Last month, the New York Times ran a piece of propaganda and misinformation masquerading as news.
The piece was entitled “Employment on Hydropower Project in Laos Delivers Better Lives,” and it was created and paid for by the China Daily, the English-language mouthpiece for the People’s Republic of China.
Its aim? To paint a rosy picture of a highly destructive set of dams currently under construction in Southeast Asia: the Nam Ou Hydropower Cascade.
The cascade is contributing to the Laotian government’s objective of transforming the country through extensive hydropower development, most of it destined for export. It is being financed and built by Chinese banks and companies and has become a key part of the China-led Belt and Road Initiative.
The China Daily article featured heart-warming stories of Laotian workers learning the ropes of dam-building from their Chinese colleagues and making more than Laos’s minimum wage. Laotian workers at the Nam Ou cascade are undoubtedly earning decent wages, albeit for very long work hours. This practice is common in foreign-financed projects – the larger story is in what the advertorial omits.
Contrasting with the primary message of the article, during meetings and site visits with PowerChina in Laos, International Rivers has found that the company chooses to overlook the far-reaching and permanent impacts of the Nam Ou Cascade on the river system and on the livelihoods of tens of thousands of people.
Although PowerChina is developing 350 kilometers of the 450 kilometer-long river, they have rejected offers from the International Finance Corporation and the Mekong River Commission to participate in broader watershed management planning. PowerChina takes a narrow view of environmental responsibility, largely limited to waste management at the dam sites. The company has not acknowledged the importance of maintaining the overall health of the river system and maintenance of flow regimes that support critical ecosystems. The cascade’s Environmental and Social Impact Assessments – which have not been publicly released – do not detail social impacts at a village level, but rather paint broad generalizations listing all social impacts as positive (such as increased job opportunities, access to education, and access to marketplaces). But in reality, the cascade is causing the forced relocation of over 4,000 people and undermining the existing livelihoods for tens of thousands more villagers within the basin.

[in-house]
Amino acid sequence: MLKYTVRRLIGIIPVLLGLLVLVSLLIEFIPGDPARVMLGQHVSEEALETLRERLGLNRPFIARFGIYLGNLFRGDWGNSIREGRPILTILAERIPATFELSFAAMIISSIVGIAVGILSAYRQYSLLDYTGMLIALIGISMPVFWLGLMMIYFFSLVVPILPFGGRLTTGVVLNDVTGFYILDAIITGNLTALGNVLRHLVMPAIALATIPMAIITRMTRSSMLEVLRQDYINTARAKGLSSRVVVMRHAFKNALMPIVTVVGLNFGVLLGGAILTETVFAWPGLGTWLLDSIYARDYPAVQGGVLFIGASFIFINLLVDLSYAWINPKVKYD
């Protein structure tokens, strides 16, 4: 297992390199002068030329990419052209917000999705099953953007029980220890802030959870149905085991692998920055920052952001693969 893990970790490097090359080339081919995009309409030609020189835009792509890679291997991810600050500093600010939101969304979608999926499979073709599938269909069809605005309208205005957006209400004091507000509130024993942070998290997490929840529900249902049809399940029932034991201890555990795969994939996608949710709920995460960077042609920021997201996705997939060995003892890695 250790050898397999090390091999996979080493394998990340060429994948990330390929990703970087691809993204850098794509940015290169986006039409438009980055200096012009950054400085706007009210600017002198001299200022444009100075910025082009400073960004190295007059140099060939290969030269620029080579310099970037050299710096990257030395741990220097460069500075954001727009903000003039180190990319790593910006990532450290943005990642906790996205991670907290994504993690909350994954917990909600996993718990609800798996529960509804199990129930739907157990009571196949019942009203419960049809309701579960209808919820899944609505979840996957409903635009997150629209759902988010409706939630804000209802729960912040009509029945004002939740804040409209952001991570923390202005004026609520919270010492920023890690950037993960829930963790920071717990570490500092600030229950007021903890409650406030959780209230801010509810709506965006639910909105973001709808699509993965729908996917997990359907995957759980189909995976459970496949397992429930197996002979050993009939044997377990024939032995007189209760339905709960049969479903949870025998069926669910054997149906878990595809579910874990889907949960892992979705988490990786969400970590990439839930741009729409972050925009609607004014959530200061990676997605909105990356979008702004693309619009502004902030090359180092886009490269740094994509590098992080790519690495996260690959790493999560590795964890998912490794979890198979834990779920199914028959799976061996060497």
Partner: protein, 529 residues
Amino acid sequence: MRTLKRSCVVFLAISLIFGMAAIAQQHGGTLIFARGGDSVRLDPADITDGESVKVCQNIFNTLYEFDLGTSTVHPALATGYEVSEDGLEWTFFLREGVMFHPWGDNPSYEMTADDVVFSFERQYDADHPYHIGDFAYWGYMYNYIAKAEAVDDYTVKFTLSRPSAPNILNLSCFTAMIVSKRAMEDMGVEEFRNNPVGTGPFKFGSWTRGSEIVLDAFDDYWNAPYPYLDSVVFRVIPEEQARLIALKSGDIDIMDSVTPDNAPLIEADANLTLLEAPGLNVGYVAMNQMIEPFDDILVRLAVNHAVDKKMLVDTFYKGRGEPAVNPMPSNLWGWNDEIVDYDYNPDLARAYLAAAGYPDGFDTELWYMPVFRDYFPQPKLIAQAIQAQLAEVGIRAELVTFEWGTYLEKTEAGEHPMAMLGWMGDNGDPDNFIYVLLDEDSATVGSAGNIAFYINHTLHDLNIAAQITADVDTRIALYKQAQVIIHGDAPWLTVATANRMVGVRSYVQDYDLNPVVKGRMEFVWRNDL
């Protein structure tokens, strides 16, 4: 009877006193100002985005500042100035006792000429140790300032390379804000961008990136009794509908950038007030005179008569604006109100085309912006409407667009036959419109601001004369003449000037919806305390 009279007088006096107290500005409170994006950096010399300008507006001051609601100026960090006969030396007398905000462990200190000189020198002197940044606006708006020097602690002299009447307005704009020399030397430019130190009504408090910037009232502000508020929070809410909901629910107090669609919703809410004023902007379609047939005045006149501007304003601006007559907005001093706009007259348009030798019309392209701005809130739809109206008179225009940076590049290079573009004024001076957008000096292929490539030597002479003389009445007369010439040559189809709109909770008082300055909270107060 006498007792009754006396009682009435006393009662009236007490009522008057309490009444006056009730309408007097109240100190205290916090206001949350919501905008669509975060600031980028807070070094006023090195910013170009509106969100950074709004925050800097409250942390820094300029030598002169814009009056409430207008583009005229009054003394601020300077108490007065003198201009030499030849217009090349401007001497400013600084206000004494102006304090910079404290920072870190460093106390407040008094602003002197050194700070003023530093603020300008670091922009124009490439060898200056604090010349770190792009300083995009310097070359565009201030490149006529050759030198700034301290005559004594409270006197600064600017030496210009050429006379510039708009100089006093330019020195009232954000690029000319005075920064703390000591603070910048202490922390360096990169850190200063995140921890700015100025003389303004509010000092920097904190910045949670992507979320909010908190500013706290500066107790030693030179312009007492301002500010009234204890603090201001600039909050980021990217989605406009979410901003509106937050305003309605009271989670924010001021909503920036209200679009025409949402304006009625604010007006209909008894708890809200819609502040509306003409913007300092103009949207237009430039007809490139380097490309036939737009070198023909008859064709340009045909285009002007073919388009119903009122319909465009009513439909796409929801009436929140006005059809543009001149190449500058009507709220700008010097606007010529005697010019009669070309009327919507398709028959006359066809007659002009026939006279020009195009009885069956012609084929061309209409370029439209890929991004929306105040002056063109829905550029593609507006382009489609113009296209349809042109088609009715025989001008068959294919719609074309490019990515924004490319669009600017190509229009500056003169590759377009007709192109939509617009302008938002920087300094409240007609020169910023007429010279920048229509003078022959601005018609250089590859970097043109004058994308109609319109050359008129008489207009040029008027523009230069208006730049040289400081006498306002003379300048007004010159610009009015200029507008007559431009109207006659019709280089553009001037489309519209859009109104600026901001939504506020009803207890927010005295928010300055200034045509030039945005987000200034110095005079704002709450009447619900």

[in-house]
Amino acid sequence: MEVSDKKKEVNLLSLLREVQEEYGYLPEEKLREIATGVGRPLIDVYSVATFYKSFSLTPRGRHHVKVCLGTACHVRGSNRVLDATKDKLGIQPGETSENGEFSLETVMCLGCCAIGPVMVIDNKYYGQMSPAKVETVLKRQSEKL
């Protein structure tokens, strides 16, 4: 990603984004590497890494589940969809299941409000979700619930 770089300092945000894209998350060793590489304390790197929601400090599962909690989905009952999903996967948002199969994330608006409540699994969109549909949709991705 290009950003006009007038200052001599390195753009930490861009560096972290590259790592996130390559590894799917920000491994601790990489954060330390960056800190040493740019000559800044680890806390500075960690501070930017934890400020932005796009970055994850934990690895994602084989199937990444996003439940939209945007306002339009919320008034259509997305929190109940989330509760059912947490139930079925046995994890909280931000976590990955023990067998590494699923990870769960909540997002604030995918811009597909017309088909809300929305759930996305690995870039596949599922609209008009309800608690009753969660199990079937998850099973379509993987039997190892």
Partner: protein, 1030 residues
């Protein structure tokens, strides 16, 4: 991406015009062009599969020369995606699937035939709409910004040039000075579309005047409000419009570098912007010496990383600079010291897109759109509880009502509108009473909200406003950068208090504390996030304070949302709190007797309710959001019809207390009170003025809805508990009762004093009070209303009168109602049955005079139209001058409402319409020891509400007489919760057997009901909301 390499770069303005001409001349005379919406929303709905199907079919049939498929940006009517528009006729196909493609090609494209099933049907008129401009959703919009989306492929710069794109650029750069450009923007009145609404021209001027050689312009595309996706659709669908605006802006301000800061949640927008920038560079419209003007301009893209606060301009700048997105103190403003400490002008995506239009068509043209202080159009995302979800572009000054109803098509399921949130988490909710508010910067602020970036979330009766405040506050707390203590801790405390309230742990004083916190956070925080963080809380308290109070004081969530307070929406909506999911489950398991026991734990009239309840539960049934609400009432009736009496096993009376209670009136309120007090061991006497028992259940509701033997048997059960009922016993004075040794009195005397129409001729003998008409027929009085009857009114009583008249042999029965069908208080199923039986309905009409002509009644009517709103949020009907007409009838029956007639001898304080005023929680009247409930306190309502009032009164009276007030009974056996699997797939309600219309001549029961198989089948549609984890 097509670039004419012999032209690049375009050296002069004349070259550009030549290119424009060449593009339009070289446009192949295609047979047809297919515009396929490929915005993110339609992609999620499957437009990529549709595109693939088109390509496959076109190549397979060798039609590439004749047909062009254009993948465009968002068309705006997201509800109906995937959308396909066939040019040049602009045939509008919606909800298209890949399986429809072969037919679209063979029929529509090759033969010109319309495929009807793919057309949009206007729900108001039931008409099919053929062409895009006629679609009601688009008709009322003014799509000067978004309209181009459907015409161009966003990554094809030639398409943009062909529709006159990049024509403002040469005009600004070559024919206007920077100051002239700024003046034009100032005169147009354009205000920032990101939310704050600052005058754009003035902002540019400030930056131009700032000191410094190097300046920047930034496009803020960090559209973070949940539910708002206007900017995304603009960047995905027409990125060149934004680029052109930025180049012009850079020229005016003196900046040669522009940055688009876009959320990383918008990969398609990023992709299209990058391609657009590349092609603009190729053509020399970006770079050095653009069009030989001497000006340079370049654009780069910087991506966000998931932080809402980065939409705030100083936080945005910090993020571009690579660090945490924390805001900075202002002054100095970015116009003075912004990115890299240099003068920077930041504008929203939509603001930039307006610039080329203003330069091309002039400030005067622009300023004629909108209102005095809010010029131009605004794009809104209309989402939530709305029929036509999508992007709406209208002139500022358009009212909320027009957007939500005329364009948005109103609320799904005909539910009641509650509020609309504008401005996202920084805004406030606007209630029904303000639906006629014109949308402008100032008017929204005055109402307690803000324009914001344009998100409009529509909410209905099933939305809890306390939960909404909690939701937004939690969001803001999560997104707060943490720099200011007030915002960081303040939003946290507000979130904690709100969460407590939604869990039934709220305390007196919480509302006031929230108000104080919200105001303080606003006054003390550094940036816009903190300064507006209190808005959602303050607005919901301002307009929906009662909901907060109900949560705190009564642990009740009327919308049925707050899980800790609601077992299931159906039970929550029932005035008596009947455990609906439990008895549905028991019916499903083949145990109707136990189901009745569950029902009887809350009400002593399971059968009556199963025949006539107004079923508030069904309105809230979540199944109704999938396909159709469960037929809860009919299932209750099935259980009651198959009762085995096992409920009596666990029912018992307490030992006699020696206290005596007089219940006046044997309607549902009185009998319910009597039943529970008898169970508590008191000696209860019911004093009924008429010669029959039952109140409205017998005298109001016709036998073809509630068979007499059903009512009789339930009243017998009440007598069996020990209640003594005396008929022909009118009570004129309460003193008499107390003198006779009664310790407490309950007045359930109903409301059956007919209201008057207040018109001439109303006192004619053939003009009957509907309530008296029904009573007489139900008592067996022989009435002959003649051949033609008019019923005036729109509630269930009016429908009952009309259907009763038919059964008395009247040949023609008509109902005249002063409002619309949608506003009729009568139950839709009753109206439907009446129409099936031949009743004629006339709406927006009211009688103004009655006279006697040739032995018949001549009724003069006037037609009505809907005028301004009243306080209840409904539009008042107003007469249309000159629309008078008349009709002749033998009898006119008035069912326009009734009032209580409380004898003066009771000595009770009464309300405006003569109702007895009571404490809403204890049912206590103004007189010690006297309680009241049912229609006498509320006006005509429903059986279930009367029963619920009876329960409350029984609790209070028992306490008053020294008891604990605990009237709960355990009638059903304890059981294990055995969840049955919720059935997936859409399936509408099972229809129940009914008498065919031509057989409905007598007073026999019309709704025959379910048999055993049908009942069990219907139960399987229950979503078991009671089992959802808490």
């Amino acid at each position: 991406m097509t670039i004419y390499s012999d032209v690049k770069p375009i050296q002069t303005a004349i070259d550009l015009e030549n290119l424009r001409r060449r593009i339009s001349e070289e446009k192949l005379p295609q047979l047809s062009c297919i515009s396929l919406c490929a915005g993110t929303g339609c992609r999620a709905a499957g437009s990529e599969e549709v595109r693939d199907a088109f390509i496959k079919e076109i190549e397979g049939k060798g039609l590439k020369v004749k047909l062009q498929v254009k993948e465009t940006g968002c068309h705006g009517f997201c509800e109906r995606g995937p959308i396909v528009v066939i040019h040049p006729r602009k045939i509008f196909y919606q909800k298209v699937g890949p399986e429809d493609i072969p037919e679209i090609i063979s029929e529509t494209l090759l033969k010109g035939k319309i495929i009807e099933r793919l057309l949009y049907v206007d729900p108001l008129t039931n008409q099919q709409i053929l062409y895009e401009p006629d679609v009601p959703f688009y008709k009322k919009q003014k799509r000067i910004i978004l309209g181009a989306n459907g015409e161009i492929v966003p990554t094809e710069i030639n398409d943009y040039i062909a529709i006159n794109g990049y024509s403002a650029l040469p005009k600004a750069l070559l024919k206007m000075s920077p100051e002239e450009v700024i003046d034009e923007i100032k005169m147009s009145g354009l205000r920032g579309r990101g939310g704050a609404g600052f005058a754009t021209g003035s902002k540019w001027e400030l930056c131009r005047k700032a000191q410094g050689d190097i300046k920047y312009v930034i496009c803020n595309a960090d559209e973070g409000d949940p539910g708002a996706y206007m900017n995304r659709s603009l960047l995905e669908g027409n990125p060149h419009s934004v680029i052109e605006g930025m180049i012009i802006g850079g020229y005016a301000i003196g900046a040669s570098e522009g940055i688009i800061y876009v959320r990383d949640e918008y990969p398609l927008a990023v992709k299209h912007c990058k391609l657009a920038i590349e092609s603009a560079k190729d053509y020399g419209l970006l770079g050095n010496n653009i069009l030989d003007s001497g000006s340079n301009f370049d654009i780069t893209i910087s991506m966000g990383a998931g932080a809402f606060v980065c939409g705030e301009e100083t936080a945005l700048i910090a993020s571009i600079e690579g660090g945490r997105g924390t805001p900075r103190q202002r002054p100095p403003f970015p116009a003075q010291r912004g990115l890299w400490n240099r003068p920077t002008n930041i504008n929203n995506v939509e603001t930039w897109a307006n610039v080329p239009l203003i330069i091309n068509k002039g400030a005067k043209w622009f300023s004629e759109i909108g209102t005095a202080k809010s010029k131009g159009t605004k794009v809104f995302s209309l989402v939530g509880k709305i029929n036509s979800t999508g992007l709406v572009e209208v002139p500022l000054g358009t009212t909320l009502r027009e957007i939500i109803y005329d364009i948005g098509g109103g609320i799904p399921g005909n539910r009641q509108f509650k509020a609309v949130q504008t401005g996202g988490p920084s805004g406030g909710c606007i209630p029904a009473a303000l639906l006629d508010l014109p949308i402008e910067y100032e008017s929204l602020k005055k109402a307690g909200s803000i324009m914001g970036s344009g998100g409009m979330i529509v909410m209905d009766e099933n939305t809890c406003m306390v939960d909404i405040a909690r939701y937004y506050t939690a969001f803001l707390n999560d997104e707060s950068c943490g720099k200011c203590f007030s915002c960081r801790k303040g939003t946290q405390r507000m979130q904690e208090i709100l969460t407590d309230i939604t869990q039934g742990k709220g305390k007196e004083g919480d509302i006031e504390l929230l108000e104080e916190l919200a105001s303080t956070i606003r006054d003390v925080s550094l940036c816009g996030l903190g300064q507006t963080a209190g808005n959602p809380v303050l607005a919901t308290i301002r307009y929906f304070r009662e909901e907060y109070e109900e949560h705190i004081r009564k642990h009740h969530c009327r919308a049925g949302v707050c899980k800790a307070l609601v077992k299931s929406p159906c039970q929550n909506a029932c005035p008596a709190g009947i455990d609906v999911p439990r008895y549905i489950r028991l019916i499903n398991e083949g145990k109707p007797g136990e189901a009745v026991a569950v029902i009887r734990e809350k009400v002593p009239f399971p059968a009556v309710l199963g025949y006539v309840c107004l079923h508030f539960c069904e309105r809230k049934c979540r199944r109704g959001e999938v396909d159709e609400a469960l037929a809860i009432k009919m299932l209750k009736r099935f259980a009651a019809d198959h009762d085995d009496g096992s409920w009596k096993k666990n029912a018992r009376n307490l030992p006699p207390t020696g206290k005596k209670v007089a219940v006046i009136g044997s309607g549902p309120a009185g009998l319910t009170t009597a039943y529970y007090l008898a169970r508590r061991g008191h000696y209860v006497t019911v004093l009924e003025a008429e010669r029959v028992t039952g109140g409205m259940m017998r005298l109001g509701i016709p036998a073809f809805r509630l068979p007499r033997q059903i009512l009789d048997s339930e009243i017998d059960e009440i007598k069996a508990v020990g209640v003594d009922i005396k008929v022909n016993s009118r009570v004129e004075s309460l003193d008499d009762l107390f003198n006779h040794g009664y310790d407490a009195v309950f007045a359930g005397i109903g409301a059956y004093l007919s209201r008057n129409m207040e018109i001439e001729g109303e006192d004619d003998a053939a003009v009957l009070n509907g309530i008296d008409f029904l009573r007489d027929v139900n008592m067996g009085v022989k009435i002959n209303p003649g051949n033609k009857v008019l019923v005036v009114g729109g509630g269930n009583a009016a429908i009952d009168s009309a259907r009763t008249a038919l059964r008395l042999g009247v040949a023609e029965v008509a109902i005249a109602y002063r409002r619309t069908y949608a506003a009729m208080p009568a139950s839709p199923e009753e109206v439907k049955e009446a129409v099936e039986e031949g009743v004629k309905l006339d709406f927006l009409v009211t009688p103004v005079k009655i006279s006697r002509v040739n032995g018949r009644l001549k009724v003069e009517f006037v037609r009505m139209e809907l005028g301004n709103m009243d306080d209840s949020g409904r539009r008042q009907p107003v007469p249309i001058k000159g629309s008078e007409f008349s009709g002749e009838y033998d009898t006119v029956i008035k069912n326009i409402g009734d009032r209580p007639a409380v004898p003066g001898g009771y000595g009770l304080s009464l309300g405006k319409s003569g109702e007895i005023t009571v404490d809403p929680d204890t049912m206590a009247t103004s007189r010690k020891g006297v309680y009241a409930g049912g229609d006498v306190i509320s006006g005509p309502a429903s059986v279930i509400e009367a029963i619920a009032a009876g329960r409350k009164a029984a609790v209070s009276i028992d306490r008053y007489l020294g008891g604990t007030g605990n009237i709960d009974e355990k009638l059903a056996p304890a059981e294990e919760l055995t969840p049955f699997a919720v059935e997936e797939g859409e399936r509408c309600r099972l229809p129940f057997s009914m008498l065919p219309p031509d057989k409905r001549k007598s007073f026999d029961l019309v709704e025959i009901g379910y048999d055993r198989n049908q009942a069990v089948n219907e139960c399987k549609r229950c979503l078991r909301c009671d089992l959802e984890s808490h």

Farmers affected by the cascade development have lost their lands. Over the years, International Rivers has received testimonials from families who did not receive compensation for the farmland lost when they were forced to relocate. This means that livelihoods and food security for families has been compromised as they can no longer grow rice and crops. Even though it is not a safe or permanent solution, some villagers have opted to return to their old village sites to farm, in an attempt to continue to sustain their families.
Thousands of people within the Nam Ou basin rely on fishing and riverweed collection as seasonal employment. According to a basin-wide study, over 60% of fish species found in the Nam Ou will be unable to survive the seven dams and reservoir conditions and will likely disappear altogether. Villagers are aware that the supply of fish will be reduced, but have not been informed about impacts to their food security, even during PowerChina’s community consultations. Riverweed will no longer grow in the new river conditions. The lost opportunity to harvest it will negatively affect women and elderly people in particular, who have few other options to boost their incomes.
Shop owners in villages downstream of the dams complain that their shops have experienced flash-flooding on several occasions, causing their goods to be swept away. Villagers have informed us that they do not receive official announcements or warnings for water releases. PowerChina denies responsibility for any damages to homes or local businesses as a result of unexpected flooding.
Cruise trips on the Mekong River and Nam Ou are some of the most popular sightseeing options in Laos. Communities in Muang Khau, Muang Ngoi, Nong Khiaw and Pak Ou have already experienced reduced incomes because of reduced tourist traffic due to dam construction. Although the Lao government has acknowledged impacts to the tourism industry, PowerChina has not recognized, compensated or made commitments to small-scale boat drivers and related tourism business owners such as family-run guesthouses and shops.
China likes to emphasize its efforts to decrease poverty at home and abroad. While some workers at the Nam Ou Hydropower Cascade construction sites have temporarily earned decent wages in exchange for their long work hours, the reality is that the cascade has permanently negatively impacted the livelihoods of tens of thousands. Over almost a decade of construction, communities have been torn apart and the rich biodiversity which sustains people in the region has been sabotaged.
PowerChina will continue to earn profits long after the construction workers finish their contracts. Following the construction of the dams, PowerChina will enjoy a 29-year concession period before transferring the project to the Lao government.
If the company wants to meaningfully address poverty and ensure sustainable livelihoods in Laos, it must take seriously the extensive impacts of the cascade on the lives and well-being of local people.
This is International Rivers’ response to “Employment on Hydropower Project in Laos Delivers Better Lives” which was created and paid for by China Daily, People’s Republic of China and published by The New York Times.